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Rare Disease Patient Advocate Applauds FDA’s Rare Pediatric Disease Voucher Program

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As a rare disease patient advocate—having watched for more than 20 years the struggle for funding of drug development for drugs with small patient populations—I’m glad to see the new FDA Rare Pediatric Disease Voucher Program used for the first time. Three drug developers have completed a transaction between them that utilizes the program in the way it was intended. This shifts money gained from bigger drug revenues into the harder-to-fund rare disease arena. This new voucher program, another very good part of the new FDA Safety and Innovation Act (FDASIA) passed in 2012, incents companies to develop innovative treatments for rare pediatric diseases. Under this new program, a voucher granting the holder a “priority review” for a new drug application is awarded after FDA approval of a rare pediatric disease treatment. It can then be used to get priority review for a subsequent drug or it can be sold for a substantial sum, to help offset costs of future drug development. Such a voucher can reduce the time for FDA review from 10 months to six months. A company that buys such a voucher can use it to get priority review for one of its drugs. The voucher itself need not be used for a rare pediatric disease drug. It is likely to be used where it will give the biggest bang for the buck: with larger disease. Thus the value is high and the price a company might pay could be very high. This helps transfer needed funds from “big” disease research into rare disease research. In this first case, BioMarin Pharmaceuticals, a seasoned rare disease drug developer with a number of approvals under its belt, won the first voucher under this new program. They then sold it for $67.5 million to Regeneron Pharmaceuticals and their co-development partner Sanofi. BioMarin received the voucher as a reward for getting FDA approval in 2014 for the treatment for MPS IVA — a rare, pediatric-onset, metabolic disorder that causes skeletal deformities, progressive deafness and other health issues. They have been working on this disease for at least 15 years. The four months saved by using such a voucher is a huge incentive. By getting a drug approved four months earlier, a drug company gets revenue flowing in that much sooner. A company receiving such a voucher can also generate revenue by selling the voucher. But perhaps most significant is the speed-to-market competitive advantage. Companies might use the voucher to get over the approval finish line sooner in the race against competitors for drug approvals. In this case, Regeneron is planning to use the voucher it has purchased from BioMarin to knock four months off the approval time for its new cholesterol treatment. Regeneron is in a race against Amgen who is also developing a similar treatment. Some might ask if the FDA’s voucher program is intended to incent companies to develop rare, pediatric disease treatments, then why does a drug company use a Rare Pediatric Disease Priority Review Voucher for a non-rare, non-pediatric disease? The new voucher program is a response to the question: “How can we get more investment flowing into rare disease drug development?” This new voucher program re-directs revenue from larger disease drugs, which is very lucrative, into rare disease drug development, which is a business often in search of funding. Drug companies, long hesitant to develop rare disease treatments due to the high costs and lower revenues, can now count on financial rewards from much bigger disease treatments, in exchange for having brought a rare pediatric disease treatment to the market. Everyone wins — patients most of all, when they receive a treatment that might not otherwise exist. So, in this case, Regeneron’s revenue from anticipated sales of a potential blockbuster drug for a non-rare, non-pediatric disorder (Alirocumab for cholesterol) has helped compensate BioMarin for developing Vimizim for MPS IVA, a rare, pediatric drug. Rare disease patients want more treatments, faster. Of the 7,000 classified rare diseases, only around 500 have ever had an FDA approved treatment (in the 30+ years of drug development since the Orphan Drug Act). Funding has been an issue. Costs of development are high and patient populations are small. Bigger diseases get the funding and bring the ROI. This incentive program is working. BioMarin, Regeneron and Genzyme/Sanofi have long based their business on pushing the frontiers of science and biologic drug development to benefit patients with rare diseases and other serious disorders. *Guest blogger Steve Smith is Director of Patient Value at Medidata. You can reach Steve by email. References:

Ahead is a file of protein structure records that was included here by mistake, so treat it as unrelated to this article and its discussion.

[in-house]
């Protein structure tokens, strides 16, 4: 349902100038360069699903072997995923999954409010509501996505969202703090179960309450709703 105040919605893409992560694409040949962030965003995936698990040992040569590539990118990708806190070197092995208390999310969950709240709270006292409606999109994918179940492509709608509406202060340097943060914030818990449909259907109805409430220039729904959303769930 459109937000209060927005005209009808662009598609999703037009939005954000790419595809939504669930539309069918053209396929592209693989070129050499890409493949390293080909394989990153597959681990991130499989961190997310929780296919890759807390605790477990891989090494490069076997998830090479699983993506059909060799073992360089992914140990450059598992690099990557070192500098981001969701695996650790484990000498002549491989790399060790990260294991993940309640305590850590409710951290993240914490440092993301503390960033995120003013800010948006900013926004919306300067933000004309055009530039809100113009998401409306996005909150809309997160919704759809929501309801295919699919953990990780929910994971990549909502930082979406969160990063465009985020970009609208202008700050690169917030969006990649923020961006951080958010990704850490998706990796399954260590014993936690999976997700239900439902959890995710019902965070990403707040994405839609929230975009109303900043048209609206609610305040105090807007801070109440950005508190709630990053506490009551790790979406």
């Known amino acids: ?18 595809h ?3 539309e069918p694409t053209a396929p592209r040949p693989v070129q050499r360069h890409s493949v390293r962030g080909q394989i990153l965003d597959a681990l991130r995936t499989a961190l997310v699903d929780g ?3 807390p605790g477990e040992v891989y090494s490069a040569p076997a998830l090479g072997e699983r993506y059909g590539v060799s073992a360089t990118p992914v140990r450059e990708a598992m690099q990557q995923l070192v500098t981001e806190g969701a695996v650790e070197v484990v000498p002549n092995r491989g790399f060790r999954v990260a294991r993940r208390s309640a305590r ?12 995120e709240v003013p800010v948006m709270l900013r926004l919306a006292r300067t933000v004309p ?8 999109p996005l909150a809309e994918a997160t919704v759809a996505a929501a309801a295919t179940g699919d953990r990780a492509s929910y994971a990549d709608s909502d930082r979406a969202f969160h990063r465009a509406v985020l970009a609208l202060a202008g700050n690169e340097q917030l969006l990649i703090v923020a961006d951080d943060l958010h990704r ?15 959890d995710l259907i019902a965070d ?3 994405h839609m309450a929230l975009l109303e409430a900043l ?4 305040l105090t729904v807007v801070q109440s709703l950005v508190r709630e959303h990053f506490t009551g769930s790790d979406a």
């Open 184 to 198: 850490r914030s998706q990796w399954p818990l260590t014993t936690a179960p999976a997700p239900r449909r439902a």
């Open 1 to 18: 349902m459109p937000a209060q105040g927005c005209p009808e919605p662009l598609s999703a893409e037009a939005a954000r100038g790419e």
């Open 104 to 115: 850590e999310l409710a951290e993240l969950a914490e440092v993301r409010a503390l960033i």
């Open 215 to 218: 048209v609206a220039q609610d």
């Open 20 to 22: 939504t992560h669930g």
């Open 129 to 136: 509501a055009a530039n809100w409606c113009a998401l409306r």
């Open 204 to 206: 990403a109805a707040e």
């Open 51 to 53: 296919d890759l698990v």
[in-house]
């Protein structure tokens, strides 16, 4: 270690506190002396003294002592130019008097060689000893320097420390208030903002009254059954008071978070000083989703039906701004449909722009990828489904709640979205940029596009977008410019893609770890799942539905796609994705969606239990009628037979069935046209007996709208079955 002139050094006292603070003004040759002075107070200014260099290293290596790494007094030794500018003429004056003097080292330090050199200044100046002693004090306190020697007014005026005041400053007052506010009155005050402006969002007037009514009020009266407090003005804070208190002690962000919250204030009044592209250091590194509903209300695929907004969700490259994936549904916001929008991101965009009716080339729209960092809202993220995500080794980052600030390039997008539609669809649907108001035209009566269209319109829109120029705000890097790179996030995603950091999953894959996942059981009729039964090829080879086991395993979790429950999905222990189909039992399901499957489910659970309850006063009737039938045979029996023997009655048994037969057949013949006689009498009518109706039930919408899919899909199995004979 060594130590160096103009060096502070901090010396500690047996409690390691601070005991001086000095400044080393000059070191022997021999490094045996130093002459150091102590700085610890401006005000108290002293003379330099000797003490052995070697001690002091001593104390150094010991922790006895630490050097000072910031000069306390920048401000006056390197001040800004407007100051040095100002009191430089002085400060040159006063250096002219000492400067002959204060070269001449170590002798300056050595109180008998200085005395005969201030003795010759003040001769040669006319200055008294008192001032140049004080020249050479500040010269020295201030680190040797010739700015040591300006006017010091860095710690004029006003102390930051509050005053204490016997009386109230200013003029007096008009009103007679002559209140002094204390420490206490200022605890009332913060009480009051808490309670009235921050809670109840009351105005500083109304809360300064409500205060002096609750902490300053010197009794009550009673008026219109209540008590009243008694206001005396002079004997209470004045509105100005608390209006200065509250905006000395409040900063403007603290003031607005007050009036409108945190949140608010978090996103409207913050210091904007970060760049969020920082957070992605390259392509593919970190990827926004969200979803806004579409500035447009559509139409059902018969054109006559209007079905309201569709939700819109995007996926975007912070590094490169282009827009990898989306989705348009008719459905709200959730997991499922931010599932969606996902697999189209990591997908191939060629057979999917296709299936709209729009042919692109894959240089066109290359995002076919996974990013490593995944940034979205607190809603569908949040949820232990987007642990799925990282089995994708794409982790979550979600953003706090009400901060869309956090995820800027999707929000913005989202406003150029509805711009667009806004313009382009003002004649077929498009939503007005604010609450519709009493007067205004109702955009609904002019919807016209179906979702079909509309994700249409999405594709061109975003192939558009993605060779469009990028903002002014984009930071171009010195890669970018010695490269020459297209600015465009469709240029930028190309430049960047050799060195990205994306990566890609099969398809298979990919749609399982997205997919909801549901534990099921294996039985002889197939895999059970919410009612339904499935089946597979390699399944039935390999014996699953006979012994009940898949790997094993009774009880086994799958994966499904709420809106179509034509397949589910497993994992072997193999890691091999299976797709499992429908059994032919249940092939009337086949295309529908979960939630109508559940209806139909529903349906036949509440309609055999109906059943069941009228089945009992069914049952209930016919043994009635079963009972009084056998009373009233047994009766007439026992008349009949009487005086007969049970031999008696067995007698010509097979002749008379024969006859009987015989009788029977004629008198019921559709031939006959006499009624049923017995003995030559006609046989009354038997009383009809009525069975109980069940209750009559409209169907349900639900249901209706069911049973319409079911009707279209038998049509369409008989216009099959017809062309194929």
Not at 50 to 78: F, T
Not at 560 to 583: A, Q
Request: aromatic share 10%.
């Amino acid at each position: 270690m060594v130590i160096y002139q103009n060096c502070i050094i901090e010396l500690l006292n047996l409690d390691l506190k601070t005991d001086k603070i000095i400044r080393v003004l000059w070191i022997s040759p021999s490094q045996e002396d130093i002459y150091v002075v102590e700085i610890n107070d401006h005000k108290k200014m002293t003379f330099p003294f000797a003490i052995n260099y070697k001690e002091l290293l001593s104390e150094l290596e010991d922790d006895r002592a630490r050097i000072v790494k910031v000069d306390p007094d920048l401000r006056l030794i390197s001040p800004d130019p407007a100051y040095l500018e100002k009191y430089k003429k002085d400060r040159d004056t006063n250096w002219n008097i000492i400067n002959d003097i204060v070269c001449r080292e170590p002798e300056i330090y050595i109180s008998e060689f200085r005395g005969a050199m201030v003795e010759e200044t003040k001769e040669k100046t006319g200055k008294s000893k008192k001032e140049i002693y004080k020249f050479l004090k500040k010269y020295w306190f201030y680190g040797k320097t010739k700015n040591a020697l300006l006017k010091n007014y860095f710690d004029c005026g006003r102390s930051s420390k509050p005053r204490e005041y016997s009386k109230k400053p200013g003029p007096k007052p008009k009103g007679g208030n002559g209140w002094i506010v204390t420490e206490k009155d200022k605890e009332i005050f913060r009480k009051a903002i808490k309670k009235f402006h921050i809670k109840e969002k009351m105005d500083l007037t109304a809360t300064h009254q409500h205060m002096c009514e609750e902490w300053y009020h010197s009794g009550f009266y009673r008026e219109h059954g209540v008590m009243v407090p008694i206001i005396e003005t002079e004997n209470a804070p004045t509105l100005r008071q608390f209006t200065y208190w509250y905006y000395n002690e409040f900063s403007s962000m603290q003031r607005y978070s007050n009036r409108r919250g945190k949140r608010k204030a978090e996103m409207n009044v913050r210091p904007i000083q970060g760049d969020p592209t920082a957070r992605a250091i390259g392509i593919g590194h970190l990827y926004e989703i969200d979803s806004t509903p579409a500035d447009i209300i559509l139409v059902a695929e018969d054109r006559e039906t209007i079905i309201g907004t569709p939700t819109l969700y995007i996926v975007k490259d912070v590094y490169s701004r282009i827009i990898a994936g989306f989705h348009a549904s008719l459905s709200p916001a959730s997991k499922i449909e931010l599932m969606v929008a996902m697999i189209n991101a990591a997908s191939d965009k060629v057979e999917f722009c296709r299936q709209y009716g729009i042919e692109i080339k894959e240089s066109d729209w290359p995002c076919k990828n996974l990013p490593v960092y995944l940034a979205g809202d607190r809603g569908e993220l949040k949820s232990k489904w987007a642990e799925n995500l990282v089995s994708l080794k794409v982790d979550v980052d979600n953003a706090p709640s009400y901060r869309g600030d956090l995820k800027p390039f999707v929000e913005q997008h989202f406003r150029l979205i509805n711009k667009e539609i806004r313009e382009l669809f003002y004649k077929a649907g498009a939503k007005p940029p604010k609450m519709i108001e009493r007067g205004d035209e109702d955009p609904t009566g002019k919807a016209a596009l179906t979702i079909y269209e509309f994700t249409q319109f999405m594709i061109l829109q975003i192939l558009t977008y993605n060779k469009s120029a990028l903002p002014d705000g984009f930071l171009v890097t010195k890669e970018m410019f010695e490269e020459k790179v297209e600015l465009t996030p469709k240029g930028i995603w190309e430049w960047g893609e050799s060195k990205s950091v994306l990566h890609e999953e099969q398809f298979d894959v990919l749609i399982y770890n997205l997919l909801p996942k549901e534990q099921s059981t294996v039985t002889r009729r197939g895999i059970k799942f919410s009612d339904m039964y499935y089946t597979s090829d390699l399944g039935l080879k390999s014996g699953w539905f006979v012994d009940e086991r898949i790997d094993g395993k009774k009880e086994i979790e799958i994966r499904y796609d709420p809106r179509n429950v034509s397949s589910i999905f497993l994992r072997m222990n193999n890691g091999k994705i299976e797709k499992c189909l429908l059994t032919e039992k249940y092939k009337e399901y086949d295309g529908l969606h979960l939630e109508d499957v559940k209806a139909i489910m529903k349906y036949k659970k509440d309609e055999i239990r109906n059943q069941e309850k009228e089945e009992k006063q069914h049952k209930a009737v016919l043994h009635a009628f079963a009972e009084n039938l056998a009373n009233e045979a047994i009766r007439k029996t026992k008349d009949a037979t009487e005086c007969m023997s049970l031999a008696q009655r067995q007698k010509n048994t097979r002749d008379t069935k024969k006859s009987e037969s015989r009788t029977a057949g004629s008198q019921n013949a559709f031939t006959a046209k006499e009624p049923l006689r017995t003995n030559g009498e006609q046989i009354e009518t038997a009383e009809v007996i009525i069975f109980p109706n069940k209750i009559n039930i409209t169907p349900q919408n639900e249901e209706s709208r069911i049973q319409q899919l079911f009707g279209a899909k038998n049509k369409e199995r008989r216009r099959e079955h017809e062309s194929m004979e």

Of 7,000 classified rare diseases, only ~500 have @US_FDA FDA approved drugs. #Patients need more treatments, faster! — Medidata (@Medidata) August 21, 2014

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